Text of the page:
Contraband marmalade

G calls from London City Airport, from where he is flying to Switzerland. I had packed him off with a jar of marmalade to give to his overnight host, but he reports that it has just been confiscated by the customs officers. (I thought that rule applied only to liquids, and wonder if I should be offended by this apparent slur on the consistency of my marmalade.)

So, if you are reading this, airport officials, I do understand that you had to follow the rules, but please do eat the marmalade and don't just leave it in a bin with the penknives and nail scissors and other suspicious items. It was made with love and care and it's very good on soft white toast.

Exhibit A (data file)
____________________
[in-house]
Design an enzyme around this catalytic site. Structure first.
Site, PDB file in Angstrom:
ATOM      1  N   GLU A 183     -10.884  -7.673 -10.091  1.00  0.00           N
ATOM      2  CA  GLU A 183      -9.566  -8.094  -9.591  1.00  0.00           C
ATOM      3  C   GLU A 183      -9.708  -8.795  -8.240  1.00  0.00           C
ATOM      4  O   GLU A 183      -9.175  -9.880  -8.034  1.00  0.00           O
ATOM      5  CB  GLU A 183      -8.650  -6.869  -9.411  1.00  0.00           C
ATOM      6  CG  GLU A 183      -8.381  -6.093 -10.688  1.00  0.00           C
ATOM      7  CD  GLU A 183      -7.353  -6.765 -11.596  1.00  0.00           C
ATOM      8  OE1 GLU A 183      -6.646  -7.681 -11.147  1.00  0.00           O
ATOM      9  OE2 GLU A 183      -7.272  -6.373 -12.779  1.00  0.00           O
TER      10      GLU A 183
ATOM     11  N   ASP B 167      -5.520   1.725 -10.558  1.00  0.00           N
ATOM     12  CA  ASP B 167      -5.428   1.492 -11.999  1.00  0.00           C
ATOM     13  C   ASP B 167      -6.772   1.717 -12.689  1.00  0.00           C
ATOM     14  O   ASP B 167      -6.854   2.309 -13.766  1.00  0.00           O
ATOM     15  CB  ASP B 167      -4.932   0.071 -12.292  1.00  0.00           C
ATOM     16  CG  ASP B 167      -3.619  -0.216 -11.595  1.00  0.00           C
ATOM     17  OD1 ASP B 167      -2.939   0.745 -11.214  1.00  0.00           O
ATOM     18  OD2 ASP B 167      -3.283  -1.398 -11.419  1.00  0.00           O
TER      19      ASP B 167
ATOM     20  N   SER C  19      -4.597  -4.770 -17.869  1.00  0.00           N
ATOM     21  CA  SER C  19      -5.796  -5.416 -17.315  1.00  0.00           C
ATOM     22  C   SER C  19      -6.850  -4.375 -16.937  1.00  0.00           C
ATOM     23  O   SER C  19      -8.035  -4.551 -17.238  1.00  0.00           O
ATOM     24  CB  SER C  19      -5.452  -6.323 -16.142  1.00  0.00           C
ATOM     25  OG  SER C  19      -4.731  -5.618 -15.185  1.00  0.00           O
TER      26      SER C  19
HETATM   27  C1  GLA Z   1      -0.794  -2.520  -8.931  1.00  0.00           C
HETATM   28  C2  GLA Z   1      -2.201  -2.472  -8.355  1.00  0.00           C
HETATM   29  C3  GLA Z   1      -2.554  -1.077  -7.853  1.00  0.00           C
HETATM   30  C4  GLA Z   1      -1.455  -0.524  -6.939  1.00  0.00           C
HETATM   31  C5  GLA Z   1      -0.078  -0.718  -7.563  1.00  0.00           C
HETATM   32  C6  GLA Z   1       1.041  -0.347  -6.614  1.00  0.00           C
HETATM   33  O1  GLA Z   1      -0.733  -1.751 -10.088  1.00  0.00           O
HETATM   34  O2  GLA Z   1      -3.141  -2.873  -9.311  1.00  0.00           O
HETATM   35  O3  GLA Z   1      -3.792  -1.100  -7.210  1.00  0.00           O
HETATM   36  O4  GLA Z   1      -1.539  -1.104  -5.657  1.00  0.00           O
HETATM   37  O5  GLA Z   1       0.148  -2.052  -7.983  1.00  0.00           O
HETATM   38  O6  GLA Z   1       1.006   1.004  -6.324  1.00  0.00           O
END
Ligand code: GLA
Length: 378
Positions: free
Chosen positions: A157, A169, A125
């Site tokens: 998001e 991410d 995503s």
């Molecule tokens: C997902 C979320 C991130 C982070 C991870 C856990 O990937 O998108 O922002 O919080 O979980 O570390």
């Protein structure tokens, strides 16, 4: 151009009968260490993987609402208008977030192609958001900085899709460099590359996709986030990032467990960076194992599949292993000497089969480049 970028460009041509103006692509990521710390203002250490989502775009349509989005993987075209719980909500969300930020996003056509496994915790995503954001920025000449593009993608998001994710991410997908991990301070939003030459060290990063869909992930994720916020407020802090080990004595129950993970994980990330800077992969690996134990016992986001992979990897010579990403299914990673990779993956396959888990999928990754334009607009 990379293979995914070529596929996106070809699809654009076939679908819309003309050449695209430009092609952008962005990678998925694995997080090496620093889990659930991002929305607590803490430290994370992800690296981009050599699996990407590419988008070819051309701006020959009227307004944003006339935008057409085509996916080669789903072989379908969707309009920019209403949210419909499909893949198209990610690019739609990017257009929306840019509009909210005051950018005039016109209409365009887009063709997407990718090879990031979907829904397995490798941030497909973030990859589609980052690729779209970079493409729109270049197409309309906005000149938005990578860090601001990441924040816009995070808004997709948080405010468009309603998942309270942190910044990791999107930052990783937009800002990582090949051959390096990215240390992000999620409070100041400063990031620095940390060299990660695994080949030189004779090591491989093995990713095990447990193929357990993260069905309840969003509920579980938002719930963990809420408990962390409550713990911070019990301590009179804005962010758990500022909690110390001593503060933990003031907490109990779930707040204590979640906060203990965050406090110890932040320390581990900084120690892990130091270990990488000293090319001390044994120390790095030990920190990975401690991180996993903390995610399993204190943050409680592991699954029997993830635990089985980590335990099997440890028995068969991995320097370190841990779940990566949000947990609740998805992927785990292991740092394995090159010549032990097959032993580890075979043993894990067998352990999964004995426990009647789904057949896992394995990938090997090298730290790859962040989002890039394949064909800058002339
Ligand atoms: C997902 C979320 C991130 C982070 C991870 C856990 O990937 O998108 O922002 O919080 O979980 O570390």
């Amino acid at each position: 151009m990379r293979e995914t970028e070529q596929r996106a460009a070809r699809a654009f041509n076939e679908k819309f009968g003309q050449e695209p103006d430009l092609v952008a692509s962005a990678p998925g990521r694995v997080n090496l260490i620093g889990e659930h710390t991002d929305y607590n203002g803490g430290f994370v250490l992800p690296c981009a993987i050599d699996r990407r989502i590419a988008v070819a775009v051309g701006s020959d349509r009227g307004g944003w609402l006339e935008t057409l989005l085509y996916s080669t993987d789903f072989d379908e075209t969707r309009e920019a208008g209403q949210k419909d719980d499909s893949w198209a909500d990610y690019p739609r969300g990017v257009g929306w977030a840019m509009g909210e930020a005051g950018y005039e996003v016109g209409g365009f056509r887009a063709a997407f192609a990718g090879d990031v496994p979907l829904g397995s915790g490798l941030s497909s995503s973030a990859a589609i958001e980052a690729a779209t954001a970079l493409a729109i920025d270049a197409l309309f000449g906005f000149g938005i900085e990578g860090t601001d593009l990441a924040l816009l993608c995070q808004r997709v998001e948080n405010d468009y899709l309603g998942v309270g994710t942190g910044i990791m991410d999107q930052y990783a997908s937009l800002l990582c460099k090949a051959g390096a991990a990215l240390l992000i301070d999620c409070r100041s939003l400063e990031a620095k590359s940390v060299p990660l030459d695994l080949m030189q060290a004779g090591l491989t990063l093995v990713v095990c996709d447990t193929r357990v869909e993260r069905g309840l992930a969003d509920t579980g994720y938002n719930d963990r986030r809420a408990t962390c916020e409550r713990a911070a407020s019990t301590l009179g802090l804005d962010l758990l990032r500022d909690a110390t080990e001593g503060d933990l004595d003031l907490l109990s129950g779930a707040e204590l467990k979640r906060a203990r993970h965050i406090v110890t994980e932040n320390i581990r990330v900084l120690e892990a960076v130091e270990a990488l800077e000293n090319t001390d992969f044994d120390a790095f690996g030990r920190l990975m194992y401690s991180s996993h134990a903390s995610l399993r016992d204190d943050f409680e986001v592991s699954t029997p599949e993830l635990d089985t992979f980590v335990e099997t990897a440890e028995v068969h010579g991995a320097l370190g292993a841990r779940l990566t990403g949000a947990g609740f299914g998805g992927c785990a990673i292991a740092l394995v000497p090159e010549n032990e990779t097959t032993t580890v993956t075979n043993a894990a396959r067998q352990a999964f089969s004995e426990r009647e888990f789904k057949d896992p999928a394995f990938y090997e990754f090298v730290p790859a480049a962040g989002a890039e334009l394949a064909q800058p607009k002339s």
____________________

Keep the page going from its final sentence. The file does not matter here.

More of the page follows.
This reminds me of a story G once told me about this same Swiss host, who we shall call A. A few years ago, A was staying with G in England and was keen to acquire all the correct habits of an English gentleman. So when G came home one afternoon to find his Swiss lodger eating marmalade on toast, he was forced to point out that if he wanted to pass muster as an Englishman, he should never eat marmalade at any time except at breakfast.

Do we agree?

(I agree with it in principle, though confess I eat marmalade all day – but then I do have quite a lot to get through.)


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